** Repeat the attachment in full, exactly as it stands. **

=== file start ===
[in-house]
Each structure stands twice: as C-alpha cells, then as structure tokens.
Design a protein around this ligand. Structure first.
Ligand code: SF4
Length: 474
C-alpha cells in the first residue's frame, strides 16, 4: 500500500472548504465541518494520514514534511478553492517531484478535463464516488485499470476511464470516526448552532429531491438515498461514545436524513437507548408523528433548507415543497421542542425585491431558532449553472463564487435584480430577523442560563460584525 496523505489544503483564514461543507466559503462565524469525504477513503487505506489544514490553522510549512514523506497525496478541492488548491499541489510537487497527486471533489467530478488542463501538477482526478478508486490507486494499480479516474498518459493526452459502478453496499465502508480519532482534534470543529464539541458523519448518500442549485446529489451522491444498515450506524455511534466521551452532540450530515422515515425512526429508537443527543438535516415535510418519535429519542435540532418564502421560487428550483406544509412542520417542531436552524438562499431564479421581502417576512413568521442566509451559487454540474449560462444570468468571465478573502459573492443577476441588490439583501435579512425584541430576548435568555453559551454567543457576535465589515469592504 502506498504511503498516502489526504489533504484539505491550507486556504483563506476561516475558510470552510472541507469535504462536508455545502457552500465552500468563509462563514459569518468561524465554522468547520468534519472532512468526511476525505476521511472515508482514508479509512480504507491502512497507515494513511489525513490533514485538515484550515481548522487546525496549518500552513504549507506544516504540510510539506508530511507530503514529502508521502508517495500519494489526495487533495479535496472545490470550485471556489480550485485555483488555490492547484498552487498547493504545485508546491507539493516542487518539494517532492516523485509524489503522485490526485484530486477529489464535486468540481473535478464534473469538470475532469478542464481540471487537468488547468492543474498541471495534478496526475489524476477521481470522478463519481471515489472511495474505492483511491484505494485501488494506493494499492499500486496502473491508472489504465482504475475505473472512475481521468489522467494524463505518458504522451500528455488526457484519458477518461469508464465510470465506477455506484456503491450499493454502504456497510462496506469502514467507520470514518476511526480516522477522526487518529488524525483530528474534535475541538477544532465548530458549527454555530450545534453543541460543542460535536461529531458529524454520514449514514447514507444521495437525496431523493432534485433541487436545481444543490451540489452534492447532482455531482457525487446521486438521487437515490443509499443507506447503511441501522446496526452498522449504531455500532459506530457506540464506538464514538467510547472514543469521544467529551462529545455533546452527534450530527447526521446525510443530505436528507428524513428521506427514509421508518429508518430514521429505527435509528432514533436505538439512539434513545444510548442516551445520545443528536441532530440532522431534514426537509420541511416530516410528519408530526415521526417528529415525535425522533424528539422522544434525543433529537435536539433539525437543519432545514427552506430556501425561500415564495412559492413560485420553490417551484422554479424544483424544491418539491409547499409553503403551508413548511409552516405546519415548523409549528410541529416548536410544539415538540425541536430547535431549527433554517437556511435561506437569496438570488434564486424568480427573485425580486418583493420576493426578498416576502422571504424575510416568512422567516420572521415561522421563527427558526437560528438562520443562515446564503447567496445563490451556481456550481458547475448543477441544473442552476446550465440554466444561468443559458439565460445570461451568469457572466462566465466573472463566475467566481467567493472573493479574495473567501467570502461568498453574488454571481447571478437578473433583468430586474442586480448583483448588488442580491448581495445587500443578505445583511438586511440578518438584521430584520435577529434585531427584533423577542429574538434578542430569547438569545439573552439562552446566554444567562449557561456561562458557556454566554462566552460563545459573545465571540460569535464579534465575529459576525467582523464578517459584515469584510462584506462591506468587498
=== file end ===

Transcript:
[in-house]
Each structure stands twice: as C-alpha cells, then as structure tokens.
Design a protein around this ligand. Structure first.
Ligand code: SF4
Length: 474
C-alpha cells in the first residue's frame, strides 16, 4: 500500500472548504465541518494520514514534511478553492517531484478535463464516488485499470476511464470516526448552532429531491438515498461514545436524513437507548408523528433548507415543497421542542425585491431558532449553472463564487435584480430577523442560563460584525 496523505489544503483564514461543507466559503462565524469525504477513503487505506489544514490553522510549512514523506497525496478541492488548491499541489510537487497527486471533489467530478488542463501538477482526478478508486490507486494499480479516474498518459493526452459502478453496499465502508480519532482534534470543529464539541458523519448518500442549485446529489451522491444498515450506524455511534466521551452532540450530515422515515425512526429508537443527543438535516415535510418519535429519542435540532418564502421560487428550483406544509412542520417542531436552524438562499431564479421581502417576512413568521442566509451559487454540474449560462444570468468571465478573502459573492443577476441588490439583501435579512425584541430576548435568555453559551454567543457576535465589515469592504 502506498504511503498516502489526504489533504484539505491550507486556504483563506476561516475558510470552510472541507469535504462536508455545502457552500465552500468563509462563514459569518468561524465554522468547520468534519472532512468526511476525505476521511472515508482514508479509512480504507491502512497507515494513511489525513490533514485538515484550515481548522487546525496549518500552513504549507506544516504540510510539506508530511507530503514529502508521502508517495500519494489526495487533495479535496472545490470550485471556489480550485485555483488555490492547484498552487498547493504545485508546491507539493516542487518539494517532492516523485509524489503522485490526485484530486477529489464535486468540481473535478464534473469538470475532469478542464481540471487537468488547468492543474498541471495534478496526475489524476477521481470522478463519481471515489472511495474505492483511491484505494485501488494506493494499492499500486496502473491508472489504465482504475475505473472512475481521468489522467494524463505518458504522451500528455488526457484519458477518461469508464465510470465506477455506484456503491450499493454502504456497510462496506469502514467507520470514518476511526480516522477522526487518529488524525483530528474534535475541538477544532465548530458549527454555530450545534453543541460543542460535536461529531458529524454520514449514514447514507444521495437525496431523493432534485433541487436545481444543490451540489452534492447532482455531482457525487446521486438521487437515490443509499443507506447503511441501522446496526452498522449504531455500532459506530457506540464506538464514538467510547472514543469521544467529551462529545455533546452527534450530527447526521446525510443530505436528507428524513428521506427514509421508518429508518430514521429505527435509528432514533436505538439512539434513545444510548442516551445520545443528536441532530440532522431534514426537509420541511416530516410528519408530526415521526417528529415525535425522533424528539422522544434525543433529537435536539433539525437543519432545514427552506430556501425561500415564495412559492413560485420553490417551484422554479424544483424544491418539491409547499409553503403551508413548511409552516405546519415548523409549528410541529416548536410544539415538540425541536430547535431549527433554517437556511435561506437569496438570488434564486424568480427573485425580486418583493420576493426578498416576502422571504424575510416568512422567516420572521415561522421563527427558526437560528438562520443562515446564503447567496445563490451556481456550481458547475448543477441544473442552476446550465440554466444561468443559458439565460445570461451568469457572466462566465466573472463566475467566481467567493472573493479574495473567501467570502461568498453574488454571481447571478437578473433583468430586474442586480448583483448588488442580491448581495445587500443578505445583511438586511440578518438584521430584520435577529434585531427584533423577542429574538434578542430569547438569545439573552439562552446566554444567562449557561456561562458557556454566554462566552460563545459573545465571540460569535464579534465575529459576525467582523464578517459584515469584510462584506462591506468587498